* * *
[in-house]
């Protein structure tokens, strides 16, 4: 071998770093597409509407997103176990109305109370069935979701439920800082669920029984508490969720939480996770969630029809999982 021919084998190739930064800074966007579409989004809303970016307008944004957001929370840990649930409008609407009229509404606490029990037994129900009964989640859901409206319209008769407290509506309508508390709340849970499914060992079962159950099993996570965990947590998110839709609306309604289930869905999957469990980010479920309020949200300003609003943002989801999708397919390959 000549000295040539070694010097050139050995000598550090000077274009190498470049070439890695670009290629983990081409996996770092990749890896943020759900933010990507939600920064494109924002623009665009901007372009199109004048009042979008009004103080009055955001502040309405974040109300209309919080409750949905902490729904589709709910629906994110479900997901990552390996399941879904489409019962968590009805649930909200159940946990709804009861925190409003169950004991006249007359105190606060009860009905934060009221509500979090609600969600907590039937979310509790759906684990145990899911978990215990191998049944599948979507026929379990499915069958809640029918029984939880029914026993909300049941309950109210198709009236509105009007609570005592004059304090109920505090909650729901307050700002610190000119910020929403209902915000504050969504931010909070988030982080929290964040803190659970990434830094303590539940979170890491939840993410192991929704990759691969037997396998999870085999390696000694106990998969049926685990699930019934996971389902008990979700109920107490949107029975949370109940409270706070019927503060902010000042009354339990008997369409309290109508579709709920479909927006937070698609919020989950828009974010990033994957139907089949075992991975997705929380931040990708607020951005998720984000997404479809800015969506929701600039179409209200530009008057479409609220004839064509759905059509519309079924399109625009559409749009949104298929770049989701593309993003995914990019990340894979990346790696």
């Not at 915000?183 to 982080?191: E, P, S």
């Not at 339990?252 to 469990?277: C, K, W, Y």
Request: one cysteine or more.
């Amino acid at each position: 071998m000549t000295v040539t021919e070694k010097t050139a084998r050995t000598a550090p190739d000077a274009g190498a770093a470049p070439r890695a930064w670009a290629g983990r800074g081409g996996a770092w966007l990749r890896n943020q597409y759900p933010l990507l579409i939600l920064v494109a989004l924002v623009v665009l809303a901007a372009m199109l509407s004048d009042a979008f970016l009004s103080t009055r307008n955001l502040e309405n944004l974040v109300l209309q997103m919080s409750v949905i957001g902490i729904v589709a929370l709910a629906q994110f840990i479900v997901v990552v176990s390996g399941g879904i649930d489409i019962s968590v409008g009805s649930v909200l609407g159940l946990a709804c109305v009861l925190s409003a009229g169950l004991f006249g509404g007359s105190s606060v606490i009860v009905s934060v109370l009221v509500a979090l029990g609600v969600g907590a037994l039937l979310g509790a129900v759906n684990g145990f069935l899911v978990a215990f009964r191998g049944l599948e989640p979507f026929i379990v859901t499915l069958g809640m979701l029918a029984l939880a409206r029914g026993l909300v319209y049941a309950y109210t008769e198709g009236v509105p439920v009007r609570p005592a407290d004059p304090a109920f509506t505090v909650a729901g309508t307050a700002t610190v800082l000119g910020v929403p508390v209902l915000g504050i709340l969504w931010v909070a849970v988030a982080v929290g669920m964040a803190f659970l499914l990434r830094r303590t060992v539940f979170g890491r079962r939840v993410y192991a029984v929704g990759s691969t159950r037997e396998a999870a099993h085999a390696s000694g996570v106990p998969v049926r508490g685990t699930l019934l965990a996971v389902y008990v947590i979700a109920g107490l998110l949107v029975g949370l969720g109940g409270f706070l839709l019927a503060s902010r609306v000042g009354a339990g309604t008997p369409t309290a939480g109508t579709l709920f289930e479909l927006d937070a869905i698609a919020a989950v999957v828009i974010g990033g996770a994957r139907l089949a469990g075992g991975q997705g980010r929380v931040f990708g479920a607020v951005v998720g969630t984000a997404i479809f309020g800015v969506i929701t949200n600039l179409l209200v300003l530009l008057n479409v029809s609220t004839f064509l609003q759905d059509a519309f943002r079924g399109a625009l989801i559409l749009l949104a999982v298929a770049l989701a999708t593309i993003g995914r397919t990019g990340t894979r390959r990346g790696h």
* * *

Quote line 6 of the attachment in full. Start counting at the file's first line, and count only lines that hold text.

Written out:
């Amino acid at each position: 071998m000549t000295v040539t021919e070694k010097t050139a084998r050995t000598a550090p190739d000077a274009g190498a770093a470049p070439r890695a930064w670009a290629g983990r800074g081409g996996a770092w966007l990749r890896n943020q597409y759900p933010l990507l579409i939600l920064v494109a989004l924002v623009v665009l809303a901007a372009m199109l509407s004048d009042a979008f970016l009004s103080t009055r307008n955001l502040e309405n944004l974040v109300l209309q997103m919080s409750v949905i957001g902490i729904v589709a929370l709910a629906q994110f840990i479900v997901v990552v176990s390996g399941g879904i649930d489409i019962s968590v409008g009805s649930v909200l609407g159940l946990a709804c109305v009861l925190s409003a009229g169950l004991f006249g509404g007359s105190s606060v606490i009860v009905s934060v109370l009221v509500a979090l029990g609600v969600g907590a037994l039937l979310g509790a129900v759906n684990g145990f069935l899911v978990a215990f009964r191998g049944l599948e989640p979507f026929i379990v859901t499915l069958g809640m979701l029918a029984l939880a409206r029914g026993l909300v319209y049941a309950y109210t008769e198709g009236v509105p439920v009007r609570p005592a407290d004059p304090a109920f509506t505090v909650a729901g309508t307050a700002t610190v800082l000119g910020v929403p508390v209902l915000g504050i709340l969504w931010v909070a849970v988030a982080v929290g669920m964040a803190f659970l499914l990434r830094r303590t060992v539940f979170g890491r079962r939840v993410y192991a029984v929704g990759s691969t159950r037997e396998a999870a099993h085999a390696s000694g996570v106990p998969v049926r508490g685990t699930l019934l965990a996971v389902y008990v947590i979700a109920g107490l998110l949107v029975g949370l969720g109940g409270f706070l839709l019927a503060s902010r609306v000042g009354a339990g309604t008997p369409t309290a939480g109508t579709l709920f289930e479909l927006d937070a869905i698609a919020a989950v999957v828009i974010g990033g996770a994957r139907l089949a469990g075992g991975q997705g980010r929380v931040f990708g479920a607020v951005v998720g969630t984000a997404i479809f309020g800015v969506i929701t949200n600039l179409l209200v300003l530009l008057n479409v029809s609220t004839f064509l609003q759905d059509a519309f943002r079924g399109a625009l989801i559409l749009l949104a999982v298929a770049l989701a999708t593309i993003g995914r397919t990019g990340t894979r390959r990346g790696h």